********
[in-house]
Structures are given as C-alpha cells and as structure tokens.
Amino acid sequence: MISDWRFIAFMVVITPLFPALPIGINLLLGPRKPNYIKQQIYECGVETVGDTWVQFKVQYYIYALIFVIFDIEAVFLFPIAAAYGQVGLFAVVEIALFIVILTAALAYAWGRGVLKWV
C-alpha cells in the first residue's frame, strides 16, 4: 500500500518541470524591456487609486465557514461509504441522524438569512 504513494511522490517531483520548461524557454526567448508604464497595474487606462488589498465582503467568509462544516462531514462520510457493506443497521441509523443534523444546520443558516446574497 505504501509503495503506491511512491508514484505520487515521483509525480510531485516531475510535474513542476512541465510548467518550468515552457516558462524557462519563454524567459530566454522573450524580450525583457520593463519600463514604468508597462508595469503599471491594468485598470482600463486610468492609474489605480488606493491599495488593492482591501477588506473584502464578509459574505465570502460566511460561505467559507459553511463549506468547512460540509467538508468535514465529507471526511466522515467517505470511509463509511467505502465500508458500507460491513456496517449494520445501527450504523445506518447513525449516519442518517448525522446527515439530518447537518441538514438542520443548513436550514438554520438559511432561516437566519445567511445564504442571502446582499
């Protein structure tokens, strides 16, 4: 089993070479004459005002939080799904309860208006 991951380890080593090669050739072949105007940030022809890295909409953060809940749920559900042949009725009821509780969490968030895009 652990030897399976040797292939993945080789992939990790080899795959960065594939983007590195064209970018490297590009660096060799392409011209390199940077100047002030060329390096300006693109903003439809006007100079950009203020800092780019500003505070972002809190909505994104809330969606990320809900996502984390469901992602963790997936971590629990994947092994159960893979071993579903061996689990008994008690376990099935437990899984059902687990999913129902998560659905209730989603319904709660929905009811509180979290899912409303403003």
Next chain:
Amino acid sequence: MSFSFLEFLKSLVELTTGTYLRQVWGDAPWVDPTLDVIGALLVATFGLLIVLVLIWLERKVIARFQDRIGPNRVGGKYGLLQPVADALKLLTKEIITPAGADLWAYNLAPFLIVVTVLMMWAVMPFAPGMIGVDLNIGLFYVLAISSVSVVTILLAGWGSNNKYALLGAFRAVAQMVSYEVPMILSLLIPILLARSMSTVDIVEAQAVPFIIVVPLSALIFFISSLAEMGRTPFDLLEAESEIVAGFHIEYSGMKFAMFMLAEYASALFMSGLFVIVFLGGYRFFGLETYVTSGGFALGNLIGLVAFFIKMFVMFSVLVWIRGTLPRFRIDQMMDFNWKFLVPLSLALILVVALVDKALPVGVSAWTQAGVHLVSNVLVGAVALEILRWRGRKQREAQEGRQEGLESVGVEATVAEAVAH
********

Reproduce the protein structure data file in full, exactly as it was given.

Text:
[in-house]
Structures are given as C-alpha cells and as structure tokens.
Amino acid sequence: MISDWRFIAFMVVITPLFPALPIGINLLLGPRKPNYIKQQIYECGVETVGDTWVQFKVQYYIYALIFVIFDIEAVFLFPIAAAYGQVGLFAVVEIALFIVILTAALAYAWGRGVLKWV
C-alpha cells in the first residue's frame, strides 16, 4: 500500500518541470524591456487609486465557514461509504441522524438569512 504513494511522490517531483520548461524557454526567448508604464497595474487606462488589498465582503467568509462544516462531514462520510457493506443497521441509523443534523444546520443558516446574497 505504501509503495503506491511512491508514484505520487515521483509525480510531485516531475510535474513542476512541465510548467518550468515552457516558462524557462519563454524567459530566454522573450524580450525583457520593463519600463514604468508597462508595469503599471491594468485598470482600463486610468492609474489605480488606493491599495488593492482591501477588506473584502464578509459574505465570502460566511460561505467559507459553511463549506468547512460540509467538508468535514465529507471526511466522515467517505470511509463509511467505502465500508458500507460491513456496517449494520445501527450504523445506518447513525449516519442518517448525522446527515439530518447537518441538514438542520443548513436550514438554520438559511432561516437566519445567511445564504442571502446582499
């Protein structure tokens, strides 16, 4: 089993070479004459005002939080799904309860208006 991951380890080593090669050739072949105007940030022809890295909409953060809940749920559900042949009725009821509780969490968030895009 652990030897399976040797292939993945080789992939990790080899795959960065594939983007590195064209970018490297590009660096060799392409011209390199940077100047002030060329390096300006693109903003439809006007100079950009203020800092780019500003505070972002809190909505994104809330969606990320809900996502984390469901992602963790997936971590629990994947092994159960893979071993579903061996689990008994008690376990099935437990899984059902687990999913129902998560659905209730989603319904709660929905009811509180979290899912409303403003």
Next chain:
Amino acid sequence: MSFSFLEFLKSLVELTTGTYLRQVWGDAPWVDPTLDVIGALLVATFGLLIVLVLIWLERKVIARFQDRIGPNRVGGKYGLLQPVADALKLLTKEIITPAGADLWAYNLAPFLIVVTVLMMWAVMPFAPGMIGVDLNIGLFYVLAISSVSVVTILLAGWGSNNKYALLGAFRAVAQMVSYEVPMILSLLIPILLARSMSTVDIVEAQAVPFIIVVPLSALIFFISSLAEMGRTPFDLLEAESEIVAGFHIEYSGMKFAMFMLAEYASALFMSGLFVIVFLGGYRFFGLETYVTSGGFALGNLIGLVAFFIKMFVMFSVLVWIRGTLPRFRIDQMMDFNWKFLVPLSLALILVVALVDKALPVGVSAWTQAGVHLVSNVLVGAVALEILRWRGRKQREAQEGRQEGLESVGVEATVAEAVAH